Of course, the argument for hazing is that it establishes respect for older brothers and forms bonds amongst the pledge class. In my opinion, this is nothing more than a rationalization or justification for enacting what could be considered a form of torture on their pledges, in most cases simply because they previously went through it. This cycle can not be stopped unless we start treating hazing for what it is – a major problem that hasn’t yet resulted in something as serious as a death at Penn State, but very well could.

There have been 104 hazing-related deaths since 1970. That comes out to around two and a half students every year dying as a result of hazing. With a Greek life population as large as Penn State’s, it is simply statistically probable that we will eventually see those severe negative repercussions up close and personal. But it shouldn’t have to get to that point for there to be a wakeup call on this campus and in this town, as examples of those repercussions are all around us.

Look at Robert Champion, the Florida A&M drum major who died during a hazing ritual last year. Or look at the Rolling Stone article that inspired this editorial, the story of Andrew Lohse, a Dartmouth student that pledged Sigma Alpha Epsilon and was forced to eat vomelets (yes, that’s what you think it is) and jump into a kiddie pool filled with vomit, pee, fecal matter, and semen, on top of an obscene amount of forced drinking.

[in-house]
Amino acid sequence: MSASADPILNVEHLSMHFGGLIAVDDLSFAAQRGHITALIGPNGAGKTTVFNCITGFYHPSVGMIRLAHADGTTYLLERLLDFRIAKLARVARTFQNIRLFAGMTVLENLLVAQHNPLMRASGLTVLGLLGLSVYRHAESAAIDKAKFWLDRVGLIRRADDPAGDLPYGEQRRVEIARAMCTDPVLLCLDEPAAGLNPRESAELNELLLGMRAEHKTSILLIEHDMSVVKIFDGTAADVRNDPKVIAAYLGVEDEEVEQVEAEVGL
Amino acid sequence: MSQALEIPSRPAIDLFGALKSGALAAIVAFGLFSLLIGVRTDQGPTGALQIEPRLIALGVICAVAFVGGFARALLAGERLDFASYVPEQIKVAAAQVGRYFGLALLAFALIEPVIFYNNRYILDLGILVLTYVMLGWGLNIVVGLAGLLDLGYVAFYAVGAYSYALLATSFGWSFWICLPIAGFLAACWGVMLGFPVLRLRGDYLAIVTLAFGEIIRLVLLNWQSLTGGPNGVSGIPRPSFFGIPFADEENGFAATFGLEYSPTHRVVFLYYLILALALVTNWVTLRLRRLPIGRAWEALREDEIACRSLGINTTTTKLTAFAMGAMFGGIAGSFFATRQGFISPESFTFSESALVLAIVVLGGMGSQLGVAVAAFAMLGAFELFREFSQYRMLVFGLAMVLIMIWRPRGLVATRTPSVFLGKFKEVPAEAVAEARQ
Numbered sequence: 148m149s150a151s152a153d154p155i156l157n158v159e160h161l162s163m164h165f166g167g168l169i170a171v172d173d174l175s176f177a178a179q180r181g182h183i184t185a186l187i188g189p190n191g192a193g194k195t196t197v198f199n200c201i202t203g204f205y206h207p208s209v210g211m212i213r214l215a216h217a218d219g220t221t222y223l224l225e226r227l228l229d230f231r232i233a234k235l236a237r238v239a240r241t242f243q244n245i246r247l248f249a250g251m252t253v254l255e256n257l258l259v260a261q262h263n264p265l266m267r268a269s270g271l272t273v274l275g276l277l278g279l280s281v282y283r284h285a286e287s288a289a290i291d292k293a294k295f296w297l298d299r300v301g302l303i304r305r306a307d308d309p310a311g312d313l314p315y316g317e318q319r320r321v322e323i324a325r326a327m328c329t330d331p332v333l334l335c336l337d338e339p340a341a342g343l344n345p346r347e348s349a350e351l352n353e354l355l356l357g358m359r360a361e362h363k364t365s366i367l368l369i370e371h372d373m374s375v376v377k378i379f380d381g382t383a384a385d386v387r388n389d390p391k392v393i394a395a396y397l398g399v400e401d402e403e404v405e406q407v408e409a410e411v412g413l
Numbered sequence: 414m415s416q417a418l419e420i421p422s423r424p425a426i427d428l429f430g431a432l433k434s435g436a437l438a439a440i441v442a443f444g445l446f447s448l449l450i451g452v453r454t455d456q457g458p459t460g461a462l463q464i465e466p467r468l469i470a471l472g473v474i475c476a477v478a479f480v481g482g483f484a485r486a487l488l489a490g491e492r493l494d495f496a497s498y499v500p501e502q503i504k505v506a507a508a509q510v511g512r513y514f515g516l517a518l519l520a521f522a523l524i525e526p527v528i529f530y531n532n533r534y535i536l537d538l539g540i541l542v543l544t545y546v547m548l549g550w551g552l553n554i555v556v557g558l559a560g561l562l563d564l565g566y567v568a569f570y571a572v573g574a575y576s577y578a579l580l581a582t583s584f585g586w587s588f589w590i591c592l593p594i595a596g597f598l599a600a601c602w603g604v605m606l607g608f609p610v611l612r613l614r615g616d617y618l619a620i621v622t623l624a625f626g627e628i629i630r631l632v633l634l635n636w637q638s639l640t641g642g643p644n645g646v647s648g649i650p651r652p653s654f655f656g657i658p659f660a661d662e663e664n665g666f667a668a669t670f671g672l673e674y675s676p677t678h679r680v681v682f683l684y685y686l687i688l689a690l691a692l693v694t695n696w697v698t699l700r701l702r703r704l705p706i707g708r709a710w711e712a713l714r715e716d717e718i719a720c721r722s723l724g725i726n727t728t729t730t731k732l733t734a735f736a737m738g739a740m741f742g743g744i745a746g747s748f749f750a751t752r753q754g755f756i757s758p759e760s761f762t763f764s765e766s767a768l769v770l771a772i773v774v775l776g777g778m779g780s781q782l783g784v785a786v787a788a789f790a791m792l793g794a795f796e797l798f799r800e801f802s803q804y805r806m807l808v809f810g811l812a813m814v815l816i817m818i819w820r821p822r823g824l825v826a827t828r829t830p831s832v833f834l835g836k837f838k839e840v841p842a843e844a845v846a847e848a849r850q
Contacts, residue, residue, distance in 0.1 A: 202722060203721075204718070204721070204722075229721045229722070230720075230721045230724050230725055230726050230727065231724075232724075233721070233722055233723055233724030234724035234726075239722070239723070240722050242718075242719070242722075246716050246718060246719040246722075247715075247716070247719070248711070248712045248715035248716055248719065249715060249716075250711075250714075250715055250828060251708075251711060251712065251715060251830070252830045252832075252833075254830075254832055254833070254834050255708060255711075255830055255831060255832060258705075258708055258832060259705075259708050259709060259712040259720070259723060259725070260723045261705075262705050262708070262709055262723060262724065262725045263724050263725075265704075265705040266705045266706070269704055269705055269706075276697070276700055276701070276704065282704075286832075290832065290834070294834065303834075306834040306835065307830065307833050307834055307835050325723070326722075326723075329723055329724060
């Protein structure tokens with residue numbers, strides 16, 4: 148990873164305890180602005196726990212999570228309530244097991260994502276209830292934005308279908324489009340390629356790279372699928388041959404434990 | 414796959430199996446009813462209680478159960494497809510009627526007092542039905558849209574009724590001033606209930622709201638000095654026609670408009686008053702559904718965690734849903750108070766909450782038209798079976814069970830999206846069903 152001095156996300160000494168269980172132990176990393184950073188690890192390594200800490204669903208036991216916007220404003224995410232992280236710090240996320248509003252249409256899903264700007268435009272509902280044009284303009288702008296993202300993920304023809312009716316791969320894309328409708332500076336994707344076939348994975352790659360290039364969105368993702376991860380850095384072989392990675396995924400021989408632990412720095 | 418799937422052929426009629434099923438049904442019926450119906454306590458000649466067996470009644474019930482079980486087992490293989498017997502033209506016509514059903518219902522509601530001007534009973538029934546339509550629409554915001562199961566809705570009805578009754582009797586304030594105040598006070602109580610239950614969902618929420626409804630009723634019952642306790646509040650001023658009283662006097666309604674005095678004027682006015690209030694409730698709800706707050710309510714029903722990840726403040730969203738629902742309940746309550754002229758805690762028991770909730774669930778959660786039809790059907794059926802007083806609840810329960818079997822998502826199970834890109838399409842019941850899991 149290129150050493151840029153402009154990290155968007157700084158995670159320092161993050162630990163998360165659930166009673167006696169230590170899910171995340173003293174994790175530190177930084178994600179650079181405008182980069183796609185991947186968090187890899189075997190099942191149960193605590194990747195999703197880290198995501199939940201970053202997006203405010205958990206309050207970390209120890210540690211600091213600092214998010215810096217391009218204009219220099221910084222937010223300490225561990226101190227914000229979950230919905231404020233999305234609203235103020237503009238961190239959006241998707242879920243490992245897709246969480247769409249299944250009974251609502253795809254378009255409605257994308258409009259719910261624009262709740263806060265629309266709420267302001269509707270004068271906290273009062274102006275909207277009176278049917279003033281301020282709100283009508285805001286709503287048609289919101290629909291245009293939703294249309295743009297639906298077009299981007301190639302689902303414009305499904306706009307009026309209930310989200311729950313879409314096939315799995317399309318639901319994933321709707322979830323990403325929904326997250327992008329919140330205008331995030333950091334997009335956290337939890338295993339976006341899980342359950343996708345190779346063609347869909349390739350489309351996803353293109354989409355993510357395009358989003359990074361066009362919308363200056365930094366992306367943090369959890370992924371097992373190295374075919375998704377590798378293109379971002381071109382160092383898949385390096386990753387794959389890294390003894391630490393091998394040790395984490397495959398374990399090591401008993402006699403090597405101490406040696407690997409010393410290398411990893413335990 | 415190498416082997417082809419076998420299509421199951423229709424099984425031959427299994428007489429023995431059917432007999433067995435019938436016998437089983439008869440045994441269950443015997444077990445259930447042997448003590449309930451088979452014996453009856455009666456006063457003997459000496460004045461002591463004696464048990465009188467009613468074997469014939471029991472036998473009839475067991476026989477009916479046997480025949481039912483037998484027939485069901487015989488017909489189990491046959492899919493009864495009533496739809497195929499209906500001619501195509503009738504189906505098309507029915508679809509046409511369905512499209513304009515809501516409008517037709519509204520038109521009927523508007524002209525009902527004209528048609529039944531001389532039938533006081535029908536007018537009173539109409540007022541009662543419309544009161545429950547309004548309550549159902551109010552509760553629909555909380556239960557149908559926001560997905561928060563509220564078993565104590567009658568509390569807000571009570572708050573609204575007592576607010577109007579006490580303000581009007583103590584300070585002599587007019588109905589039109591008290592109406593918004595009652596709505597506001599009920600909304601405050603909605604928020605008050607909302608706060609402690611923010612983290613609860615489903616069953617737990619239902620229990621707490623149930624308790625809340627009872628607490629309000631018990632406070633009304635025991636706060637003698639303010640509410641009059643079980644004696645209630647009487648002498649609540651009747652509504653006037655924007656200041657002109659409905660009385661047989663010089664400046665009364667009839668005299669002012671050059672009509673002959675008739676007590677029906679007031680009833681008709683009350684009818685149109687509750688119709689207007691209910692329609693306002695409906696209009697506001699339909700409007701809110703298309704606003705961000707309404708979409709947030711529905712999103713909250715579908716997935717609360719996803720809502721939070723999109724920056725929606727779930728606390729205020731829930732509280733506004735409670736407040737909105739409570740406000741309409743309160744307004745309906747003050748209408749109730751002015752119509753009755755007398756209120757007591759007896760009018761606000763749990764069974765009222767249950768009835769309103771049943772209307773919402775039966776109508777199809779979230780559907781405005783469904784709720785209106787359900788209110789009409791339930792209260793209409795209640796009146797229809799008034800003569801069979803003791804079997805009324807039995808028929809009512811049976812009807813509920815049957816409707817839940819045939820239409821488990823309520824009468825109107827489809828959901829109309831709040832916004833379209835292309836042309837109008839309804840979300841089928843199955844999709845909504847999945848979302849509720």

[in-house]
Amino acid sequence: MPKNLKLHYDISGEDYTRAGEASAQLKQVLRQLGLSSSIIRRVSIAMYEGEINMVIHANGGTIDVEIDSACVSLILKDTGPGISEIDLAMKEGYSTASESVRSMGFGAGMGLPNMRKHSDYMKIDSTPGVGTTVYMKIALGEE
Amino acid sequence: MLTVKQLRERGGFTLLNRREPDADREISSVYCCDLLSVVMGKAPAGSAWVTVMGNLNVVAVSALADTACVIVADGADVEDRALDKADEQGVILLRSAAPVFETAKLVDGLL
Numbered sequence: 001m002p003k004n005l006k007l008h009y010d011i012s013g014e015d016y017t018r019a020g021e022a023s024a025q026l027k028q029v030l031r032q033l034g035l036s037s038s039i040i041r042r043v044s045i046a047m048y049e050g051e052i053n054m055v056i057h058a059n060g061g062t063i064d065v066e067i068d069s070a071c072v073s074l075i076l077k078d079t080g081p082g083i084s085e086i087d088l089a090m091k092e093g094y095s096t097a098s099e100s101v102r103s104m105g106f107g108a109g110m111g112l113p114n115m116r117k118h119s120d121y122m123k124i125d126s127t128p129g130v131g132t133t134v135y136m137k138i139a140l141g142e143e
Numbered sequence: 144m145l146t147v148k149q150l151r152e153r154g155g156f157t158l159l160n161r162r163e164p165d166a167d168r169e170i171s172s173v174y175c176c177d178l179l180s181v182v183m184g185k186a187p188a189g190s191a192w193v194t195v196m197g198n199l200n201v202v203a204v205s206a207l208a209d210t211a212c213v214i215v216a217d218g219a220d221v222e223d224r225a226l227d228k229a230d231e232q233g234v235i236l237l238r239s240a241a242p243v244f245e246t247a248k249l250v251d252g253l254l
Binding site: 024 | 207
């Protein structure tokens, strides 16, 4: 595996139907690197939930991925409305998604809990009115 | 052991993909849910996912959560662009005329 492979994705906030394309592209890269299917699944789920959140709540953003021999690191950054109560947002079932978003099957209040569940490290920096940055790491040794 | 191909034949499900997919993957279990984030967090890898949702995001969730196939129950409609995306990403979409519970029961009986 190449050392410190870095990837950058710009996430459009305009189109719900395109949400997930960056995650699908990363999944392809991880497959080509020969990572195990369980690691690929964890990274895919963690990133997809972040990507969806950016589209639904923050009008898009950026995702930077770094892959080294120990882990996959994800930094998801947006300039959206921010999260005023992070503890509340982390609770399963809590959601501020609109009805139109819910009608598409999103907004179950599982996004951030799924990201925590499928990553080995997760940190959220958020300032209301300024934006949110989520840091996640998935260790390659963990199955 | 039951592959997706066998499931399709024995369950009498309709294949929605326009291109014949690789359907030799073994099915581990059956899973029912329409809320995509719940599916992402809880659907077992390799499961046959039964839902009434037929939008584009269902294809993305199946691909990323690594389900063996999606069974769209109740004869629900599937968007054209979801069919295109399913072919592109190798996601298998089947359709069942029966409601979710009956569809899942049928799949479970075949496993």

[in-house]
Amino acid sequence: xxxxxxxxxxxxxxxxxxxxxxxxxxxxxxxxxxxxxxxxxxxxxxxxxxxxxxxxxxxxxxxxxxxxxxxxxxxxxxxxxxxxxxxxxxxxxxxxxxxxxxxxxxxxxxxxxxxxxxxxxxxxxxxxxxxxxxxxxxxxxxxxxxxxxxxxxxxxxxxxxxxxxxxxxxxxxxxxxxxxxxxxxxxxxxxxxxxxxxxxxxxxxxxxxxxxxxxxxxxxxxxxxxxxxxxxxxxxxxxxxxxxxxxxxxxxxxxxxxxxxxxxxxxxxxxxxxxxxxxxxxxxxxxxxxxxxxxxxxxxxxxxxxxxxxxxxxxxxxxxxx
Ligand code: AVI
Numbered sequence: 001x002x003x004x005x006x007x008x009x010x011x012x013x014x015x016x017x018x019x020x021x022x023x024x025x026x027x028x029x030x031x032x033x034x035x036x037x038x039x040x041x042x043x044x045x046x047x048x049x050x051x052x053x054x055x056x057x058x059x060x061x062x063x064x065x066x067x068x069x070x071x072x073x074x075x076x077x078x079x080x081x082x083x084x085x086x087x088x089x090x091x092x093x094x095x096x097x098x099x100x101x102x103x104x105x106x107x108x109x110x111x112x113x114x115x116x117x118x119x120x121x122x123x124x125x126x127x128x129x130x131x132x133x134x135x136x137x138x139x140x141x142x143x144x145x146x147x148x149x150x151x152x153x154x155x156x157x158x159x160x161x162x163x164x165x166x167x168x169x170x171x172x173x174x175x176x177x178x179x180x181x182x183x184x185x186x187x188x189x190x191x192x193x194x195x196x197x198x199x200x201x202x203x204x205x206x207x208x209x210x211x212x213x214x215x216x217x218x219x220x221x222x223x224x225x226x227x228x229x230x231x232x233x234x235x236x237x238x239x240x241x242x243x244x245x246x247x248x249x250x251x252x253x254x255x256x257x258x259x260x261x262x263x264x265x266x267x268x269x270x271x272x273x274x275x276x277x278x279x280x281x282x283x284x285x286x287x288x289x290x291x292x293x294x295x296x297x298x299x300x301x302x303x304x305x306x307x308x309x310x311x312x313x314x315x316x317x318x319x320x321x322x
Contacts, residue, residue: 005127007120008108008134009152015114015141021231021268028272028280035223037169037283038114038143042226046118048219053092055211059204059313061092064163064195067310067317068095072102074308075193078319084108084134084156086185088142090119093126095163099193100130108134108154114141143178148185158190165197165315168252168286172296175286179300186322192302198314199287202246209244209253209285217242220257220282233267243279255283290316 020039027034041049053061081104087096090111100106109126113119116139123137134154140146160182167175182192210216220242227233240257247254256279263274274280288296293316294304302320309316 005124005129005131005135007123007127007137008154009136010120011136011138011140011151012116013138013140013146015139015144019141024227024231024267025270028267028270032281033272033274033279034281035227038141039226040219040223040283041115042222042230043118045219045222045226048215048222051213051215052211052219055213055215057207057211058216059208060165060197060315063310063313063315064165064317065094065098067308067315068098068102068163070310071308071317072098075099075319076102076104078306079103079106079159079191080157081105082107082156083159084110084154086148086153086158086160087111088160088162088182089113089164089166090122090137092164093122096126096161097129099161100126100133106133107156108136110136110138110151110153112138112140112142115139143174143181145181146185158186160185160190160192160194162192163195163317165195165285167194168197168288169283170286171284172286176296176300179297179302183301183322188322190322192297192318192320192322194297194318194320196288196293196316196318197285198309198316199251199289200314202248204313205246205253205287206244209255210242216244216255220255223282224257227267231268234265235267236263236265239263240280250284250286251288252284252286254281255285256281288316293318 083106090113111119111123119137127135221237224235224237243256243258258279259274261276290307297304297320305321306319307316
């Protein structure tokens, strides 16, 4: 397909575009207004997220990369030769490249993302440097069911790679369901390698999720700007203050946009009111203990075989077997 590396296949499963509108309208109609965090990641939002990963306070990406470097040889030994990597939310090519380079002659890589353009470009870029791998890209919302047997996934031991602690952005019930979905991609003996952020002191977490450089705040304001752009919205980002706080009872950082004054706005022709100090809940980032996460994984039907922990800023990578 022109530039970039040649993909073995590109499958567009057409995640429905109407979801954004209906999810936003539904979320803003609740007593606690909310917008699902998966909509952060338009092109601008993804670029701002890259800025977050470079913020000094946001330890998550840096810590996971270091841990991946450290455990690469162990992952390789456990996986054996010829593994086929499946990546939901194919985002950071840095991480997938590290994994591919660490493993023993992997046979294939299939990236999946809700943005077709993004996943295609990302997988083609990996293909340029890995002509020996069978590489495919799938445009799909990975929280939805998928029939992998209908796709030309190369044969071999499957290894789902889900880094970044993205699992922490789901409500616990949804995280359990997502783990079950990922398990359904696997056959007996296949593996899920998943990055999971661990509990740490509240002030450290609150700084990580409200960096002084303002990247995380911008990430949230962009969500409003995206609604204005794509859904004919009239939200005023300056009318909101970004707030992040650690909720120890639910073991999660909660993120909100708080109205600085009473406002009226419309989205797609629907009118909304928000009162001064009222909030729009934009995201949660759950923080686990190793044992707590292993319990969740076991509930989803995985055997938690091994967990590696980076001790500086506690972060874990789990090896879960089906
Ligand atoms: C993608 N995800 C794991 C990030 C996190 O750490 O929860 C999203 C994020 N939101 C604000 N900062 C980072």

Brotherhood can be formed without the use of hazing. I’m a proud brother and founding father of Alpha Epsilon Pi here at Penn State along with Tyler Furman. AEPi was expelled from campus for two years following a hazing incident in 2010. A reformation of AEPi combined 70+ students who for the most part didn’t know each other. In seven months, every one of those students has formed some of their best friendships at Penn State, all without the use of hazing. I don’t mean to sound arrogant, but other fraternities at this school should follow the example that AEPi is setting.

Hazing may have a few benefits, but they are few and far between the vast amount of drawbacks and consequences. Those benefits could be accomplished in a much more humane manner without essentially enacting torture based on unsound and unreasonable justifications. So I’ll ask you one more time, let’s stop ignoring this gargantuan issue and start discussing how to bring a stop to hazing for once and for all, before something truly tragic happens. Please.

About the Author

Zach Berger

Zach Berger is a reporter and Onward State's Managing Editor Emeritus. You can find him at the Phyrst more nights than not. If he had to pick a last meal, Zach would go for a medium-rare New York strip steak with a side of garlic mashed potatoes and a cold BrewDog Punk IPA. You can reach him via e-mail at [email protected] or on Twitter at @theZachBerger.